reductions in performance. Decreased isokinetic force
production (40), reduced isometric strength (36), and
accentuated muscle weakness (80) have been reported
in the scientific literature in response to reductions in
muscle glycogen. The implementation of a carbohydrate
supplementation regimen may reduce the muscle
glycogen loss associated with resistance-training
bouts. Only 1 published investigation to date has explored
the effects of carbohydrate supplementation on
muscle glycogen loss during a typical resistance-training
bout (26). Haff et al. (26) report that the consumption
of a carbohydrate beverage prior to and during
an acute resistance training bout can attenuate muscle
glycogen loss. In this investigation a carbohydrate beverage
was ingested prior to and every 10 minutes
throughout a free-weight resistance-training bout that
took ;39 minutes. The training bout consisted of 3
sets of 10 repetitions of back squats (65% of 1RM),
speed squats (45% of 1RM), and 1-leg squats (10% of
1RM) and elicited a 26.7% decrease in the muscle glycogen
content of the vastus lateralis with the placebo
treatment. However, the training bout only elicited a
13.7% decrease in muscle glycogen content when a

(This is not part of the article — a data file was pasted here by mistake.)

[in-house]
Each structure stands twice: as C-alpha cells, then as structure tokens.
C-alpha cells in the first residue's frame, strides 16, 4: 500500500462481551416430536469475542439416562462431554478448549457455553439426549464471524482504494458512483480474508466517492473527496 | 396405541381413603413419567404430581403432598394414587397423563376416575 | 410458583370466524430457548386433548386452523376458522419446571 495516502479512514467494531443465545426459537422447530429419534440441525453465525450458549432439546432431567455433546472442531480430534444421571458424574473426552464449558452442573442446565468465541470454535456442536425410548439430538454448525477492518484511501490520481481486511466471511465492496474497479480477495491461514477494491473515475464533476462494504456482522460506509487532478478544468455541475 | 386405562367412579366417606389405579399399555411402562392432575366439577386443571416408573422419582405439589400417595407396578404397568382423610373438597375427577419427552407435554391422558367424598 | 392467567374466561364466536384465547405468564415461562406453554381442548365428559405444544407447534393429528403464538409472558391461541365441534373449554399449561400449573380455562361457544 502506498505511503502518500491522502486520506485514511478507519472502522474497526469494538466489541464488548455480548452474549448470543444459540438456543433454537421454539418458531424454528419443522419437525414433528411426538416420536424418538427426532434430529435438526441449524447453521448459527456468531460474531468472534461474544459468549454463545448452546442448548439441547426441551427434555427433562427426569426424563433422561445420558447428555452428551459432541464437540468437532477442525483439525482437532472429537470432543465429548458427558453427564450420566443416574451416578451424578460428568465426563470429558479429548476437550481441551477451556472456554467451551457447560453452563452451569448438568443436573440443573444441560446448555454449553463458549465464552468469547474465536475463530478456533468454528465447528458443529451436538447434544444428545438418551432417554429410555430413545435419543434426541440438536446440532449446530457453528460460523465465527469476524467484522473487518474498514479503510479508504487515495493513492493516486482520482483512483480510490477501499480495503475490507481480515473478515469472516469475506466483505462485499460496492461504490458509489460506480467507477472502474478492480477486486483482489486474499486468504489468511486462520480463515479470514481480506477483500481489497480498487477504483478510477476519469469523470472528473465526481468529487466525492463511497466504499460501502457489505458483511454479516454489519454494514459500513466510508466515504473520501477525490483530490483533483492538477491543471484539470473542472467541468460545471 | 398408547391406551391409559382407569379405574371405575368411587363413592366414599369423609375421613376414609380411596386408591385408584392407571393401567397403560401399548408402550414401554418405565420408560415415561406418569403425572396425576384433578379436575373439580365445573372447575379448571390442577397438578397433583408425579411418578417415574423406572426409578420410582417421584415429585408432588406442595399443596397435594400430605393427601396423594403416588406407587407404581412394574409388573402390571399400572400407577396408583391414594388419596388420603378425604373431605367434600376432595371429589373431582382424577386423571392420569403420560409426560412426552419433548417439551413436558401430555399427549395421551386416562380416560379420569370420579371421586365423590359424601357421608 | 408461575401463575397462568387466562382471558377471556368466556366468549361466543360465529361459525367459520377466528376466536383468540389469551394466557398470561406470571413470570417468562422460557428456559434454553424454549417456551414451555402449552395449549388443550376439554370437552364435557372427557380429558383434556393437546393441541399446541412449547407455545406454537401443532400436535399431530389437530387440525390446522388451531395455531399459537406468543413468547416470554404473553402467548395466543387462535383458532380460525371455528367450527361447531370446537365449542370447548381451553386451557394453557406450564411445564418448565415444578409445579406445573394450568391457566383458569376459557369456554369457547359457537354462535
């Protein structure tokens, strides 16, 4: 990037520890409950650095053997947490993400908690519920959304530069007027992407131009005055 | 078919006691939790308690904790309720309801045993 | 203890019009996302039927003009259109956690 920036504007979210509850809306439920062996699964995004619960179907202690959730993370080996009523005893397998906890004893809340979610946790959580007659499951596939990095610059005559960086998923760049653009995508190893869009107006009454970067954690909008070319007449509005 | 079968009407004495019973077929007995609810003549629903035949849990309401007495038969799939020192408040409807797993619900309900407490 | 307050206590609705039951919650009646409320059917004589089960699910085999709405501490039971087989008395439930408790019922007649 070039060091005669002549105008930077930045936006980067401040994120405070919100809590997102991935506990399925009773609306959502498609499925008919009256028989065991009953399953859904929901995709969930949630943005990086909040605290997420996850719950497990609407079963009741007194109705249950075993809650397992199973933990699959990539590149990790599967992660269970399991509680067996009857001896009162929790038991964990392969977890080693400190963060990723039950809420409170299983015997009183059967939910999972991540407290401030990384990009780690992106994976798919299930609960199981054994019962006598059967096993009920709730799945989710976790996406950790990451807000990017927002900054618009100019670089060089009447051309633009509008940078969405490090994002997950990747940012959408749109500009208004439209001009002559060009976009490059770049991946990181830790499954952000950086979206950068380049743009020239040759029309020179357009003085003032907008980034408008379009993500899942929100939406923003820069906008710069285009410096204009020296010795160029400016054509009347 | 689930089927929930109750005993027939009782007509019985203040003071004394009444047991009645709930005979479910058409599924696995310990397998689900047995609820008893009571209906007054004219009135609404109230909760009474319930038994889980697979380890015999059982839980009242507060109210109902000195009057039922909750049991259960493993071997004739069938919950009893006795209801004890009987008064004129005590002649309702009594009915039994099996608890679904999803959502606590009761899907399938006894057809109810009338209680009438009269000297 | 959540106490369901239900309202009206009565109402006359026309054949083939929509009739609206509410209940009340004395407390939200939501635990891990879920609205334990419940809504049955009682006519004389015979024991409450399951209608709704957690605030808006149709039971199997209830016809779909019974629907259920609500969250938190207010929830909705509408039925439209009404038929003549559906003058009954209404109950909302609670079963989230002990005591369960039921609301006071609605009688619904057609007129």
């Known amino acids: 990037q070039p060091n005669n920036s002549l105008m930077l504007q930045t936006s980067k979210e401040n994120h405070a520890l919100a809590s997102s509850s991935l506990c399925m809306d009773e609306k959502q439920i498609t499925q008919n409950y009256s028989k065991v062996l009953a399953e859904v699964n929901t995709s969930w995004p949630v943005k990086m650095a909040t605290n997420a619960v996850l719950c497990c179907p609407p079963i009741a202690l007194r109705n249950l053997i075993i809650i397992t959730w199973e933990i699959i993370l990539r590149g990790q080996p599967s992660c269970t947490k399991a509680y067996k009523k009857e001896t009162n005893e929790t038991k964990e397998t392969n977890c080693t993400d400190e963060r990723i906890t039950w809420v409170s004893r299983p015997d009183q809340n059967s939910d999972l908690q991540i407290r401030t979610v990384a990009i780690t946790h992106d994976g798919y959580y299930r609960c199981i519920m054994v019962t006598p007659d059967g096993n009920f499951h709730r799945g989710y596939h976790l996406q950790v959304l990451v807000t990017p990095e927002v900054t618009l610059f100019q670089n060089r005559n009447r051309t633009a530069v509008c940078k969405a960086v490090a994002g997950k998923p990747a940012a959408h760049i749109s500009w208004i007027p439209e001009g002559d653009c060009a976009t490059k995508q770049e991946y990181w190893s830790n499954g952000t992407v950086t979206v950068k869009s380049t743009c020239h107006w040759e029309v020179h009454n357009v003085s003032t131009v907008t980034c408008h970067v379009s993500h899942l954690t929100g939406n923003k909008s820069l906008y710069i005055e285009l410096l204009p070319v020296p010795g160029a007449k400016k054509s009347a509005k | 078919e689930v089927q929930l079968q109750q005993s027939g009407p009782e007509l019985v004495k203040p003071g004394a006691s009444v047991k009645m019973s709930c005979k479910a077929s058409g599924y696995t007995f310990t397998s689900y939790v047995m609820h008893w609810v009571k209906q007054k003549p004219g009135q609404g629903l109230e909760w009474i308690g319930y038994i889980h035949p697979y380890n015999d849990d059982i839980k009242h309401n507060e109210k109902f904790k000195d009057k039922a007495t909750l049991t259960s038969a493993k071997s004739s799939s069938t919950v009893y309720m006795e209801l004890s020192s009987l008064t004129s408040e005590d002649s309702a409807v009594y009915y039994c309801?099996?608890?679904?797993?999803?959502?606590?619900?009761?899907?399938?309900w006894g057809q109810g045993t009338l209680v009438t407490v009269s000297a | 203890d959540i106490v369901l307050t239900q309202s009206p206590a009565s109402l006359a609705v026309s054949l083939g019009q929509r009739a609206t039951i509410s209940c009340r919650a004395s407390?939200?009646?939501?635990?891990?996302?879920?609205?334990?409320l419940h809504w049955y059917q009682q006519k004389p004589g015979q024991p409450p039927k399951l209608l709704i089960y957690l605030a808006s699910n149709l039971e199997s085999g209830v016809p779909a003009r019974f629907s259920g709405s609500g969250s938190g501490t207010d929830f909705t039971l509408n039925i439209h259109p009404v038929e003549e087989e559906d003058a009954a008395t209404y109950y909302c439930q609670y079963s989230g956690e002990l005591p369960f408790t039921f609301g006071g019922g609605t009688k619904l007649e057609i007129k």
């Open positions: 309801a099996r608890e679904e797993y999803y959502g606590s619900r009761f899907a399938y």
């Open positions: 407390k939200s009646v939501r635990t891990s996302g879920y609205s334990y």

carbohydrate supplementation regimen was employed.
This decreased rate of glycogenolysis seen with the
carbohydrate treatment may be related to an increased
glycogen synthesis during the rest intervals of intermittent
exercise (52). The results of the study by Haff
et al. (26) suggest that carbohydrate supplementation
prior to and during resistance training can maintain
muscle glycogen stores. Additionally, the inclusion of
a carbohydrate supplementation regimen of the type
used by Haff et al. (26) may be beneficial in the maintenance
of daily glycogen levels, which could potentially
accentuate the benefits of training.
The daily maintenance of glycogen stores appears
to be directly related to the carbohydrates in the diet
(12, 13, 39). The consumption of carbohydrates during
and after exercise will increase the glycogen synthesis
rates following exercise.
Costill et al. (13) have reported
that minimal glycogen synthesis occurs after exercise
when no carbohydrates are consumed. The
amount of muscle glycogen synthesis in the 24-hour
period postexercise is also directly correlated
(r=0.84) to the amount of carbohydrate ingested and the
timing of that ingestion. During the 6 hours postexercise,
a diet consisting primarily of simple carbohydrates
appears to induce a greater glycogen resynthesis
rate. In fact, relatively little glycogen resynthesis